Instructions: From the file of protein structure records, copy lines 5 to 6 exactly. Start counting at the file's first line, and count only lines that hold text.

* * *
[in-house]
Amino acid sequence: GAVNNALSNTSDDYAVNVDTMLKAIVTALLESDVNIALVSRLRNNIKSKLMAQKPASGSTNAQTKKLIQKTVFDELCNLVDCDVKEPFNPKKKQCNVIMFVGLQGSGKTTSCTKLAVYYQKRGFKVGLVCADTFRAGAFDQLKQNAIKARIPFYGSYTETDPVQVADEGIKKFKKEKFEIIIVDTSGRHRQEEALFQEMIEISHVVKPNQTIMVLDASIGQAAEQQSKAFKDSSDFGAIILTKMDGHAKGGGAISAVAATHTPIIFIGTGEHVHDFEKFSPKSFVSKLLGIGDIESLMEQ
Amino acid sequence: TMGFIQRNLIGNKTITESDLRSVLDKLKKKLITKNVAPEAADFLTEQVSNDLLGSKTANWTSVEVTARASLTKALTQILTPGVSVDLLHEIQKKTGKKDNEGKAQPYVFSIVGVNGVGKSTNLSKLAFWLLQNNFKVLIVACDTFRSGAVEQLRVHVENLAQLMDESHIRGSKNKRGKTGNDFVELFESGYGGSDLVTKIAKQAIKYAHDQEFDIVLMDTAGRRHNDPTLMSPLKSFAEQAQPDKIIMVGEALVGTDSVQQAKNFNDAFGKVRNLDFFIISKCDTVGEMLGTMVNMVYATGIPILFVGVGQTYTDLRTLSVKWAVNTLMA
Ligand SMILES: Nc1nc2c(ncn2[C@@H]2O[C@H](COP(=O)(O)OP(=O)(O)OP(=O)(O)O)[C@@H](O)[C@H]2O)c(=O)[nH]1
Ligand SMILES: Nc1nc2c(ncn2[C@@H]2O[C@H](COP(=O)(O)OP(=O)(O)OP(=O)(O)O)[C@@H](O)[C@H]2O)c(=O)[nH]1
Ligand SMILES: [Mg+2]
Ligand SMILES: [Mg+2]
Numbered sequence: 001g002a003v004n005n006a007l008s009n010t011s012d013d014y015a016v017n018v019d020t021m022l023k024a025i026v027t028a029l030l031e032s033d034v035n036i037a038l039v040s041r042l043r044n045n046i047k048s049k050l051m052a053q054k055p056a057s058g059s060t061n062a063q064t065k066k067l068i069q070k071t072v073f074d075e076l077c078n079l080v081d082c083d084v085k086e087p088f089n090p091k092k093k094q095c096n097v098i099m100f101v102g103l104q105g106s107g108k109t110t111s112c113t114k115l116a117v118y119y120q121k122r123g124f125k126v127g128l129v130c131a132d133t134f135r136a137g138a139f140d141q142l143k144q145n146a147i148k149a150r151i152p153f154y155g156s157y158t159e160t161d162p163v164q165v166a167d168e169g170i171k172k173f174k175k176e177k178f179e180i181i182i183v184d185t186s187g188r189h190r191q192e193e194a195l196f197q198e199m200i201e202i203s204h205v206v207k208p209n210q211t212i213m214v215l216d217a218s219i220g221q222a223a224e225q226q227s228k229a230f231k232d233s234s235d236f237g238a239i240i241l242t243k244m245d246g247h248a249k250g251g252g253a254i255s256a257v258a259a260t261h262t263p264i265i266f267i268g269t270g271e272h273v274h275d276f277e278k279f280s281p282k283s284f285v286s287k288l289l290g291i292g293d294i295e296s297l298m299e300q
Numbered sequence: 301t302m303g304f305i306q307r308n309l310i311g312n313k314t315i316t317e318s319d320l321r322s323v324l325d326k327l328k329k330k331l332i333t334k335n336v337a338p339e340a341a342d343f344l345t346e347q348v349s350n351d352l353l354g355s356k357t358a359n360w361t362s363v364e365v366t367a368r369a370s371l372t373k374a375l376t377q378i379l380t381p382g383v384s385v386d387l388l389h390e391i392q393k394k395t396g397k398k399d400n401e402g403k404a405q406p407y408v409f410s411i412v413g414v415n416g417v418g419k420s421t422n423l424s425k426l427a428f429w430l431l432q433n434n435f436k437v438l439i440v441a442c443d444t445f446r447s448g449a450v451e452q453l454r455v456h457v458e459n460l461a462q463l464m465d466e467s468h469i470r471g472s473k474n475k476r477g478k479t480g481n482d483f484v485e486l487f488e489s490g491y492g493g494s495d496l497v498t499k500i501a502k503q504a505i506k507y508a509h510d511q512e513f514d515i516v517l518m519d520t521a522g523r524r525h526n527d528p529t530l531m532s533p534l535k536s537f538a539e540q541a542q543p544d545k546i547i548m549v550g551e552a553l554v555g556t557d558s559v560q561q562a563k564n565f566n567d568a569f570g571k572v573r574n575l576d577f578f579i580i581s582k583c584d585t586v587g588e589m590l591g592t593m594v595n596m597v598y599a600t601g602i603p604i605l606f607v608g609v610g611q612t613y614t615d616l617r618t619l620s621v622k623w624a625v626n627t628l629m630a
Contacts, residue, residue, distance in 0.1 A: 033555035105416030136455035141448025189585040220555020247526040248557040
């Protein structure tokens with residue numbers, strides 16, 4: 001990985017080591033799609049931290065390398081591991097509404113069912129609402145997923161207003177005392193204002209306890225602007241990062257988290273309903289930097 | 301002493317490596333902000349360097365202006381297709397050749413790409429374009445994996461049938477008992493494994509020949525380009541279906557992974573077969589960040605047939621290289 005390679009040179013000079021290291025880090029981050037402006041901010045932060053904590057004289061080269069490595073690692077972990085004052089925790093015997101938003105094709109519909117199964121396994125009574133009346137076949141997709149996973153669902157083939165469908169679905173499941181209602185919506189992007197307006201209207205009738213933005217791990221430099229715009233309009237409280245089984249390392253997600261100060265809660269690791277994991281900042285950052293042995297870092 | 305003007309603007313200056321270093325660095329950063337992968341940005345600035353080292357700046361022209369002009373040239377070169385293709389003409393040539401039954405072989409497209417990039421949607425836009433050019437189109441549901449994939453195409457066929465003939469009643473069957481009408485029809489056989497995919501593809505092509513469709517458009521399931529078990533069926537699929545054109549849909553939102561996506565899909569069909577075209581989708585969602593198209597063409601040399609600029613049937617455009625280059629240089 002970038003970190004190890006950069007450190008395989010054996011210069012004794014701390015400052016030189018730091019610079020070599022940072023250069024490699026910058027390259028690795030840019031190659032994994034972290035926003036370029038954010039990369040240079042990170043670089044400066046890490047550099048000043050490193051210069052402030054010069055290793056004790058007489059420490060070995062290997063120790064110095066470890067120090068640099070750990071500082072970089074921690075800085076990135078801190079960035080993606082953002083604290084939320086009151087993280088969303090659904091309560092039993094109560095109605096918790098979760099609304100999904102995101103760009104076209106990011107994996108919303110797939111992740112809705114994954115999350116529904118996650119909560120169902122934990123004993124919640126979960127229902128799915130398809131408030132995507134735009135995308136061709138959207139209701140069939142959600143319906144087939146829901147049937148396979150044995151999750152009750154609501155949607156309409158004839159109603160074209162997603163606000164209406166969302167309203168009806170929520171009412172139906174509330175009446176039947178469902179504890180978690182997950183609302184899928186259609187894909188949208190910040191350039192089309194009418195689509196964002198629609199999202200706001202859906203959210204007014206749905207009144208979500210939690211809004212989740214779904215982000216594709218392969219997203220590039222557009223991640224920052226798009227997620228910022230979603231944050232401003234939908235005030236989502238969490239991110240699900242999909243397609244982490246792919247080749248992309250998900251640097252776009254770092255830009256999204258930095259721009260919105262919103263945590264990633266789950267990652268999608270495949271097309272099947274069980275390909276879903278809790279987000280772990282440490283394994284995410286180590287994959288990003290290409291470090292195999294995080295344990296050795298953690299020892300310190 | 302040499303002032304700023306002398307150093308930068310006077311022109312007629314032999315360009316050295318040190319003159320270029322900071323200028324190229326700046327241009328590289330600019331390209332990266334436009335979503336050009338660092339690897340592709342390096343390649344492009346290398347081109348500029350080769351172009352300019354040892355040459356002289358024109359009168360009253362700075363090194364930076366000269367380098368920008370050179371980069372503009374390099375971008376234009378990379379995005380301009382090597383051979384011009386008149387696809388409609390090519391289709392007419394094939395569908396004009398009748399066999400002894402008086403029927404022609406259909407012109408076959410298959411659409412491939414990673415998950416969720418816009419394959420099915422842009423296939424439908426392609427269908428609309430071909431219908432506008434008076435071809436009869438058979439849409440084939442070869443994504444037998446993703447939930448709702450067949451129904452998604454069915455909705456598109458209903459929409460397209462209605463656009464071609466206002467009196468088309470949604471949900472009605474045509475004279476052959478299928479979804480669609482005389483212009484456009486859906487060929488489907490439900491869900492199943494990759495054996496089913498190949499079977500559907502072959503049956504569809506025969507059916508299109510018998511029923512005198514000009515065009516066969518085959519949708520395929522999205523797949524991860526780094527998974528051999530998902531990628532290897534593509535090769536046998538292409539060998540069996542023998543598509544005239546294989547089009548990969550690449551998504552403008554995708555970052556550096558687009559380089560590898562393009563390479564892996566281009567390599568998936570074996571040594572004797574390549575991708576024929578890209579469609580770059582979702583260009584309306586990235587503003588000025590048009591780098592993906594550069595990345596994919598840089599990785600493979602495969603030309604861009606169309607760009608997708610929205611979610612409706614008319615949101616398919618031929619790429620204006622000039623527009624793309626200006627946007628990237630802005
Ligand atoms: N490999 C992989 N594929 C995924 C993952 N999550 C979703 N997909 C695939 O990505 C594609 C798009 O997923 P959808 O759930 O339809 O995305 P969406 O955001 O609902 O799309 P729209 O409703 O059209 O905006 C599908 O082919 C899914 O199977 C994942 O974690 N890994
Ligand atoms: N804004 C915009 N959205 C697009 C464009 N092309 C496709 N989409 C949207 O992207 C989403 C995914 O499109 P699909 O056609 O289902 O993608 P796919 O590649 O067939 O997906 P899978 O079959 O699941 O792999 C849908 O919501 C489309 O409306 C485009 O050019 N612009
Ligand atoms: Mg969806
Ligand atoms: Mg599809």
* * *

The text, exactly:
Ligand SMILES: Nc1nc2c(ncn2[C@@H]2O[C@H](COP(=O)(O)OP(=O)(O)OP(=O)(O)O)[C@@H](O)[C@H]2O)c(=O)[nH]1
Ligand SMILES: [Mg+2]